Reputations must be earned

Malcolm Latarche

Malcolm Latarche · 03 August 2017


Earlier this week, the CEO of the (link: text: Palau International Ship Registry [PISR]) issued a statement decrying the Port State Control blacklisting system for flags discriminated against new entrants such as his.

According to Panos Kirnidis, ‘Once a new registry is launched it needs to grow and will not in the first period be attracting the newer and larger vessels, operators or owners. It takes time for the new registry to build trusted relations with the ship-owners and stakeholders in the industry and to show its values’.

He may well be right of course but some would say that there is already a surfeit of flag states and adding another, which in 10 years or so in existence has attracted around 200 or so mostly ships of pre-2000s vintage, is unnecessary. They would argue that Palau is a small Pacific Island state with a population of just above 21,000 and not particularly well known for its maritime heritage.

Something similar may be said of the Marshall Islands and a number of other flags that have sprung up in recent times. On that point, ShipInsight has itself suggested tongue in cheek that if all shipowners everywhere combined to establish their own single flag they could claim overwhelming voting rights at the IMO.

It is hard to imagine why Kirnides or any of those promoting new registries should believe that the port state control establishment should change its methods to accommodate these new flags which in almost every case have no connection with the ships flying them. Especially so when the ships in question are elderly and their owners and operators not readily recognised as being high status shipping organisations.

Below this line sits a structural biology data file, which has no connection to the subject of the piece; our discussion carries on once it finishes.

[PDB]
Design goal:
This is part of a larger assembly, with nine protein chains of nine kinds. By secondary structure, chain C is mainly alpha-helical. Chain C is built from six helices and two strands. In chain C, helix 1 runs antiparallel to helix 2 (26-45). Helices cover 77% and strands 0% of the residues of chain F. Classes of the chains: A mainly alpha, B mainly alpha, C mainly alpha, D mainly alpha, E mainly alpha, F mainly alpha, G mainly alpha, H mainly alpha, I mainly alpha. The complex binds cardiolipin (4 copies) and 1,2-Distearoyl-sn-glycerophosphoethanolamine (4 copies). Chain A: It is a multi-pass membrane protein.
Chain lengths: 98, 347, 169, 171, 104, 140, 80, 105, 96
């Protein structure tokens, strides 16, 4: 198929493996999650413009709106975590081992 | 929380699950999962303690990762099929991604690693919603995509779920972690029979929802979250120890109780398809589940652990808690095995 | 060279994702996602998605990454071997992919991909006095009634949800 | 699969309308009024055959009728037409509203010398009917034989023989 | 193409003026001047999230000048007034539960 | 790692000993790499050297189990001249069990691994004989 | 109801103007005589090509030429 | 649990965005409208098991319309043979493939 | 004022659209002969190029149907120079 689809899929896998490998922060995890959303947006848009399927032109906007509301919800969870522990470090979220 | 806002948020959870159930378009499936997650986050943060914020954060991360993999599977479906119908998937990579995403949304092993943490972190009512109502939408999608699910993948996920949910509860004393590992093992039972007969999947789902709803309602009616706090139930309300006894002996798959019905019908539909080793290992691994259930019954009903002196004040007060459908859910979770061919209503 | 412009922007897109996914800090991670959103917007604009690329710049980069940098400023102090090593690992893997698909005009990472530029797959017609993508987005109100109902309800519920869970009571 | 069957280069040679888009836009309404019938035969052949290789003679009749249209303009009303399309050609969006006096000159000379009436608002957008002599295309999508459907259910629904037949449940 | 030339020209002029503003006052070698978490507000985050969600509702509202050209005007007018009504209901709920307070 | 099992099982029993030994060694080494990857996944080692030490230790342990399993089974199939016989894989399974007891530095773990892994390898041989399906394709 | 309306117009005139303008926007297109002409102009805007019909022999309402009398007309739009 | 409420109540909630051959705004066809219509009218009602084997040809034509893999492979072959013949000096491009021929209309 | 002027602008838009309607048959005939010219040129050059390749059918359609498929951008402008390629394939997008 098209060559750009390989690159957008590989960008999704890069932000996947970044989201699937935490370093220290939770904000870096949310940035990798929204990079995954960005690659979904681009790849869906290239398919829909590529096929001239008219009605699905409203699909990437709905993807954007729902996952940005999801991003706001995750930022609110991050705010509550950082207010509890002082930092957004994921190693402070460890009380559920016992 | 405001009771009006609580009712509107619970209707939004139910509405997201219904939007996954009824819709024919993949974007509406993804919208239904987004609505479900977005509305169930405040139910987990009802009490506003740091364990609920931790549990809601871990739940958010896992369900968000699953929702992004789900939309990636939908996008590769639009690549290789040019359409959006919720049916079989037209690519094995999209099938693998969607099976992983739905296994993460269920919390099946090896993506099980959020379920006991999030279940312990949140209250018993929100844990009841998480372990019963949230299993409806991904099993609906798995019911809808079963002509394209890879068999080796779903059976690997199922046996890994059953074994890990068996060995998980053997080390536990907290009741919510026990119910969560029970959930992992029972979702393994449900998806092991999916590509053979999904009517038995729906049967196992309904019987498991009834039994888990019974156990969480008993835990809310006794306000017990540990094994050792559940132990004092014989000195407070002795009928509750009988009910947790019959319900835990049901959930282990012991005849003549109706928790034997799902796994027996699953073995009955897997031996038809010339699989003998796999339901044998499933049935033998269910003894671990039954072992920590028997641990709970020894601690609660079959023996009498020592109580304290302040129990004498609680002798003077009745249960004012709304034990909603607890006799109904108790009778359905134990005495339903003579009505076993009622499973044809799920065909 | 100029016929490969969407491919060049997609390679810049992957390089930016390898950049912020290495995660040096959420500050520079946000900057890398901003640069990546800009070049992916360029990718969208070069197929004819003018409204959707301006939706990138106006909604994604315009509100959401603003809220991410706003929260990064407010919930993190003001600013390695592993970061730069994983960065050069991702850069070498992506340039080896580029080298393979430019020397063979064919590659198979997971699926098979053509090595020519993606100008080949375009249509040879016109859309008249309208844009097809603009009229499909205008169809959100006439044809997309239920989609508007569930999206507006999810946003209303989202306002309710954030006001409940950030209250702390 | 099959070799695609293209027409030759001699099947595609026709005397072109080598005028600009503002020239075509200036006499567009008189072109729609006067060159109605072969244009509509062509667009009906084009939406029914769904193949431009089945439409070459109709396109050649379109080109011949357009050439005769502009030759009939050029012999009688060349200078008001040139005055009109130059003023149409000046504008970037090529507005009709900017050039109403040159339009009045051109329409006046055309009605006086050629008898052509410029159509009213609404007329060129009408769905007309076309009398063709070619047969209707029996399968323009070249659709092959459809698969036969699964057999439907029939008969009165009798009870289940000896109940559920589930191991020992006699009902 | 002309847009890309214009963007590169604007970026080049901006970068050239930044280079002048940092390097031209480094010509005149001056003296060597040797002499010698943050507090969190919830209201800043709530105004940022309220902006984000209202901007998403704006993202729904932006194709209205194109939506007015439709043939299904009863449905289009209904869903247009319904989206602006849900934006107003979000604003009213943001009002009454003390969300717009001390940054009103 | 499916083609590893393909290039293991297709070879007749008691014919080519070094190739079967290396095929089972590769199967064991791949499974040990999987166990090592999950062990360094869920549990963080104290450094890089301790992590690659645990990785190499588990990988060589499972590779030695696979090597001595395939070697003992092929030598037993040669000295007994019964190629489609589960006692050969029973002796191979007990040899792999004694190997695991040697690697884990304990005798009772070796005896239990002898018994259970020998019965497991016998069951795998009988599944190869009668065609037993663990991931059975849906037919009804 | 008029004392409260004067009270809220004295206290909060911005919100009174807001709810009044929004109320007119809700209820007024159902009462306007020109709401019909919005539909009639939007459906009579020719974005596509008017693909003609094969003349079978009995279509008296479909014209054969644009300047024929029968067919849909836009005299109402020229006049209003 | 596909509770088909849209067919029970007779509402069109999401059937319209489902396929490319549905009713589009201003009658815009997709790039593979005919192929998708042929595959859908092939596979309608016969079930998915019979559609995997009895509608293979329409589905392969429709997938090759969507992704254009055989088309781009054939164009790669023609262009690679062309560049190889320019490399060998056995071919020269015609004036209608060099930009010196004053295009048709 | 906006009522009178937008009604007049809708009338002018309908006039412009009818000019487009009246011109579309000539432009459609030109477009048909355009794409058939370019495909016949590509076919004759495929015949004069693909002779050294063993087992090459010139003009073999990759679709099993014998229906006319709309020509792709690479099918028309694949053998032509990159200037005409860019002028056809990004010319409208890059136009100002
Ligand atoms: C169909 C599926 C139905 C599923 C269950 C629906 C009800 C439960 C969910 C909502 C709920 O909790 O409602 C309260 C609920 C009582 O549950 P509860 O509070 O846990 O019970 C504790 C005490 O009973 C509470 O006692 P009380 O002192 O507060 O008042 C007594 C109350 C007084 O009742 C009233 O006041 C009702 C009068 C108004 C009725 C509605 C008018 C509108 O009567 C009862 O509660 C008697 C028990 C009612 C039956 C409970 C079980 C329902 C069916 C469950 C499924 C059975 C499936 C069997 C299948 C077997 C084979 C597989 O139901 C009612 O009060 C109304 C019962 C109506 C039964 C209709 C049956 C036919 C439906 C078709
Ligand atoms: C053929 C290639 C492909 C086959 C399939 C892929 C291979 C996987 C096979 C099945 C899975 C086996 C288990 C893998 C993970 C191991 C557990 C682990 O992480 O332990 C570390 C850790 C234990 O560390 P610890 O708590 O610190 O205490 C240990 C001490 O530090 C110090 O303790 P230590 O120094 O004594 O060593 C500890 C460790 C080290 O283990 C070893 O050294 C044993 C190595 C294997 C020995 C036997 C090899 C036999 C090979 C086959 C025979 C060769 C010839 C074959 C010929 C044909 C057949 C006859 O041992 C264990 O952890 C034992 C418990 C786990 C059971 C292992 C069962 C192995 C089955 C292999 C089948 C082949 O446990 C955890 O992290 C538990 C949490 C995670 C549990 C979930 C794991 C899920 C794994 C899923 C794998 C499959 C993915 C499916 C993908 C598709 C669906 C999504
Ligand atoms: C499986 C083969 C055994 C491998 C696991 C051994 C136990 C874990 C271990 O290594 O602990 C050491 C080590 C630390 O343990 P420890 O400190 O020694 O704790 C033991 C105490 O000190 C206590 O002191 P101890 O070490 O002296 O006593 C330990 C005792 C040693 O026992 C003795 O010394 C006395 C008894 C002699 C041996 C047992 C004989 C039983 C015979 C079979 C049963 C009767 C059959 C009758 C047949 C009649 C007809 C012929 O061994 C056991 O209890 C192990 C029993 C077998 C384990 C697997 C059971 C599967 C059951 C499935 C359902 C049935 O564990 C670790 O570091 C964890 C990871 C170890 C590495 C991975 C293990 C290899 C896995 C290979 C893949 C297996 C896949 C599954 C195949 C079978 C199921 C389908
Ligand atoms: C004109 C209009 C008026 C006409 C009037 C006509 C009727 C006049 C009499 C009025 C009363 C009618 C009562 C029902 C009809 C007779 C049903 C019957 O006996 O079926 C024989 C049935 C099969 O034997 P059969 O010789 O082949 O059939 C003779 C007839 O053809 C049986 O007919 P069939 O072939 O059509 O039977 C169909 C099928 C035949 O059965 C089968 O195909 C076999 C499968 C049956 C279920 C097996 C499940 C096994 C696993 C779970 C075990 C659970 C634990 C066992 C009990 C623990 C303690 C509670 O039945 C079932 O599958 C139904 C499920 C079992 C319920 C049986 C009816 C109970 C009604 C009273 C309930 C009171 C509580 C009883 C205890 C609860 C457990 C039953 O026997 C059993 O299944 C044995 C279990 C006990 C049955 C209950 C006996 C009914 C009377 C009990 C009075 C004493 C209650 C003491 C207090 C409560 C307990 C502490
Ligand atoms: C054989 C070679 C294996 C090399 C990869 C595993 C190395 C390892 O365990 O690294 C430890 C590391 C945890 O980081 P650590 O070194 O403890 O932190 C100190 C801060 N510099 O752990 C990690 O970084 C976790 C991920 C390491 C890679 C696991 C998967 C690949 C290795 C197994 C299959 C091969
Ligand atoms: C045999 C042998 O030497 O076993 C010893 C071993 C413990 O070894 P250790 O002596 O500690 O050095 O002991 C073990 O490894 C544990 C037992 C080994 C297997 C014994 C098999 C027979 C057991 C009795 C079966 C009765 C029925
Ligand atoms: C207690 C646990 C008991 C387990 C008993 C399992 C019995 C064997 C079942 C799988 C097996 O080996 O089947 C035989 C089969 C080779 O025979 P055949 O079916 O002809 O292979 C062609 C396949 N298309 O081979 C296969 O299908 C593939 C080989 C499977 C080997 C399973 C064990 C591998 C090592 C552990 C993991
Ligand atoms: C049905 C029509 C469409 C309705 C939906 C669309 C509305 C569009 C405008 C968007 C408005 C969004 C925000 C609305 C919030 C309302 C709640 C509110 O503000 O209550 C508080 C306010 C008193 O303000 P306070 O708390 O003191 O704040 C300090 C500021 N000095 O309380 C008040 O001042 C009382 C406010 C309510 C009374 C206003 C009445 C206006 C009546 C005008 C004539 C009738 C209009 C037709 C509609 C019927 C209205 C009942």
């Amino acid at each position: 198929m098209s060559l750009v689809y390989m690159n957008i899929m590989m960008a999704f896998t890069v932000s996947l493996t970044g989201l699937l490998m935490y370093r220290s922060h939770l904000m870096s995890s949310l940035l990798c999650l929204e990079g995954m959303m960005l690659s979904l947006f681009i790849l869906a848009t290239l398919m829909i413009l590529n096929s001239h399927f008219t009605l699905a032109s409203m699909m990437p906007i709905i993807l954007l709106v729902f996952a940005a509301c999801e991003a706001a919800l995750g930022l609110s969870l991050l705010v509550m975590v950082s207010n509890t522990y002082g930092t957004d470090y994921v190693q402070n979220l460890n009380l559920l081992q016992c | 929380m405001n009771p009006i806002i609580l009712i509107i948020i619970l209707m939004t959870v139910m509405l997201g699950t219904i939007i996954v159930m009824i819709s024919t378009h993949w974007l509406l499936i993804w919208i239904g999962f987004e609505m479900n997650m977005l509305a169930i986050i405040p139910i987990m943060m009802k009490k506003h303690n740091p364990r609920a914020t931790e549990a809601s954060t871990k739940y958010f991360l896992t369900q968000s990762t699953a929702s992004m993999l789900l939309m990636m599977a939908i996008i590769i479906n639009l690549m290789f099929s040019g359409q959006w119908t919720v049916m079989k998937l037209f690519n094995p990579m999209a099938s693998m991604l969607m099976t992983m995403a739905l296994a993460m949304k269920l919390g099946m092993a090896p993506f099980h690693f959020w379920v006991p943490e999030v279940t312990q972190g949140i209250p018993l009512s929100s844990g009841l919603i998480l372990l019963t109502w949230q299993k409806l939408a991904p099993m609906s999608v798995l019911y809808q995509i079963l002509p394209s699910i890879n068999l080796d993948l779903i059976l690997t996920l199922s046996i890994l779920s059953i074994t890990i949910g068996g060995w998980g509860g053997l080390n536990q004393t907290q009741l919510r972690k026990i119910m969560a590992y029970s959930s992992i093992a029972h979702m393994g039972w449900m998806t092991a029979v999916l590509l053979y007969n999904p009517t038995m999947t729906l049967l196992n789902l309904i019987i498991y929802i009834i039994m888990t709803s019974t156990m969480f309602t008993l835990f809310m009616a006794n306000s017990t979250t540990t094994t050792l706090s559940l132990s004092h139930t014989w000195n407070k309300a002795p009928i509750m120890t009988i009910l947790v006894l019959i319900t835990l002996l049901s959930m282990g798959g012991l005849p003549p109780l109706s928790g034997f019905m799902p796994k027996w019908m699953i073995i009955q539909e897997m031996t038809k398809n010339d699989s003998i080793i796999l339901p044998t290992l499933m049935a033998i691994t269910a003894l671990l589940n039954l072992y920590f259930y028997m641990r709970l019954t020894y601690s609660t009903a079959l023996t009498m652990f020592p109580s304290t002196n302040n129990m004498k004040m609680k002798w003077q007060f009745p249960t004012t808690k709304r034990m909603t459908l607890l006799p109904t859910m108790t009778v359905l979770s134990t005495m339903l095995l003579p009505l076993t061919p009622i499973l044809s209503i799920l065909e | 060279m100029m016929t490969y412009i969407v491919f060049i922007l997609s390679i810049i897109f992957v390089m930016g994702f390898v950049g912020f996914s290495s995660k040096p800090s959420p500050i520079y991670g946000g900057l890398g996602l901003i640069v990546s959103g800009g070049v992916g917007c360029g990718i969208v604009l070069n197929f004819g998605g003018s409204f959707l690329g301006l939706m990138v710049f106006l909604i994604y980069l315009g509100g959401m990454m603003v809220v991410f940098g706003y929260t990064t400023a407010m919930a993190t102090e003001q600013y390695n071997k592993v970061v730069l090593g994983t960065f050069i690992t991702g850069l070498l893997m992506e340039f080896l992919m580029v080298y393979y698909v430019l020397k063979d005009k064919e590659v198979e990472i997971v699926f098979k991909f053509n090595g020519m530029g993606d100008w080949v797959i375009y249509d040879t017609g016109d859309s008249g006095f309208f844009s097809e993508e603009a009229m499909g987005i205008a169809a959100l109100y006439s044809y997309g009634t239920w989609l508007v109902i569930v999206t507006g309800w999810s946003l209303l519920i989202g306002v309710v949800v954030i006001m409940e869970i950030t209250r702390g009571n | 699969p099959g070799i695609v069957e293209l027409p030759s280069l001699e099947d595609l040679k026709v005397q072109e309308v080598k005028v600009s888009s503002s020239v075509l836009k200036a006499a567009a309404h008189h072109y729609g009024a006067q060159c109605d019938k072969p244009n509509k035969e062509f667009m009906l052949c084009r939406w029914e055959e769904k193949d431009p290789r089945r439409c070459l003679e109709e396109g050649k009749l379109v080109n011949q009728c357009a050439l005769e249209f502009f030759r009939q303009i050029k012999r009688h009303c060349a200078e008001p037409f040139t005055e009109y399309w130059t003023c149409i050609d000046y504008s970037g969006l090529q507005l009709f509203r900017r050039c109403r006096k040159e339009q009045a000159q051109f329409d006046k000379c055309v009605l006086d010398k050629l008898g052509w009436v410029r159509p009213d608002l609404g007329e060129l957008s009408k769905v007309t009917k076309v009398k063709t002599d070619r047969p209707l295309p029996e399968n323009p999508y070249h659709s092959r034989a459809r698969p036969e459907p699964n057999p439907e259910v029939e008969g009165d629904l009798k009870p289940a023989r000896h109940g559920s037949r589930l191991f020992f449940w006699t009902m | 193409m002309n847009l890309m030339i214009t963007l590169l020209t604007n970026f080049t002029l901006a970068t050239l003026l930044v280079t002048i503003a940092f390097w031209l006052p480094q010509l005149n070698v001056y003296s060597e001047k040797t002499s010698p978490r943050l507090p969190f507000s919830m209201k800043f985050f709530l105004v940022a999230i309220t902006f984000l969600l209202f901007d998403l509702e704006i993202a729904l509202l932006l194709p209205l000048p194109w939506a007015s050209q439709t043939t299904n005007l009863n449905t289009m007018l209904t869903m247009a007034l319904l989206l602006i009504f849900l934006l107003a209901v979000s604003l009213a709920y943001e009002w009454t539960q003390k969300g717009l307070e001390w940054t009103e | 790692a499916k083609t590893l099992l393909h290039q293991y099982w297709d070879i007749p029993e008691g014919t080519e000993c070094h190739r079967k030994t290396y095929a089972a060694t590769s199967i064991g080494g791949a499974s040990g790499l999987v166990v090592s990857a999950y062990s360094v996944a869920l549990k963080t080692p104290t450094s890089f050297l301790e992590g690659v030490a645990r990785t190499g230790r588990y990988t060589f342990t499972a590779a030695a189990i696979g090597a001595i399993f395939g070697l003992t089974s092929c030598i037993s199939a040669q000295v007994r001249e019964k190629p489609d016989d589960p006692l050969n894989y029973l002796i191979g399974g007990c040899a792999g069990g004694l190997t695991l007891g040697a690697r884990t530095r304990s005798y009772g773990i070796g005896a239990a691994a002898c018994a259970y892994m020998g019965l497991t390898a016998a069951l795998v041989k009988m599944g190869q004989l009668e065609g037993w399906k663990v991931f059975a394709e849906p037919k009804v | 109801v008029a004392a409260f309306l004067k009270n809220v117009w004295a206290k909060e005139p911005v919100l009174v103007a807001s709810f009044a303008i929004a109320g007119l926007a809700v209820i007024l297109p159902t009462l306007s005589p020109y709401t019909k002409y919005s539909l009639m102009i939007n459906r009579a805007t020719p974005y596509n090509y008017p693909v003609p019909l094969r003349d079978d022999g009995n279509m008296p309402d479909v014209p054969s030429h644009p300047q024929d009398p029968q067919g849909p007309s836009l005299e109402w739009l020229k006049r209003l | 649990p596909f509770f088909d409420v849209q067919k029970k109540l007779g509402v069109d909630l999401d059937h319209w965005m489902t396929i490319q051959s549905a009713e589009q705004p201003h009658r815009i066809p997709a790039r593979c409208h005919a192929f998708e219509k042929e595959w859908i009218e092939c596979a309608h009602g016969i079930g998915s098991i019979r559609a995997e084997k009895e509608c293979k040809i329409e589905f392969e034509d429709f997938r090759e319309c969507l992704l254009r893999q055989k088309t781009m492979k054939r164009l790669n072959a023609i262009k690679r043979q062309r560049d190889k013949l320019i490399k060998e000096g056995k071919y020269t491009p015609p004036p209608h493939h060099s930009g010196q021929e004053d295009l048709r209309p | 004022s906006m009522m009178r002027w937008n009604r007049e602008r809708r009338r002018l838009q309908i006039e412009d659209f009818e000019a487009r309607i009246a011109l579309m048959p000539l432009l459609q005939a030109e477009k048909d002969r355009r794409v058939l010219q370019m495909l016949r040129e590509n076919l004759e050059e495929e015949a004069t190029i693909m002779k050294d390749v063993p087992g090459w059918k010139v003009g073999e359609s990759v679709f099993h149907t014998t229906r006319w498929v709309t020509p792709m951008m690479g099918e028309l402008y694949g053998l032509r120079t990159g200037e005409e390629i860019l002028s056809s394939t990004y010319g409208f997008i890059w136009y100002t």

Flag states, class societies and indeed shipowners all need to prove their credentials especially in the early stages and if PISR is the high calibre organisation that Kirnides says it is then it should have no problem in doing so. Some might argue that Kirnides is right but for the wrong reasons, all the while PSC concentrates on new entrants it is letting some sub-standard vessels flying established flags through the net as they escape targeting.

Apparently ships which have a poor PSC record are not welcome on the Palau Register yet the Paris MoU has just moved it from the Grey to the Black list which might suggest otherwise. This may just be bad luck but if the Palau flag aspires to quality status perhaps it could prove that by ejecting the offenders that are giving it a poor record.

The Journal

Published every February the journal is now recognised as the highest quality publication that covers all aspects of maritime technology and regulation and a must read for the industry.

More Details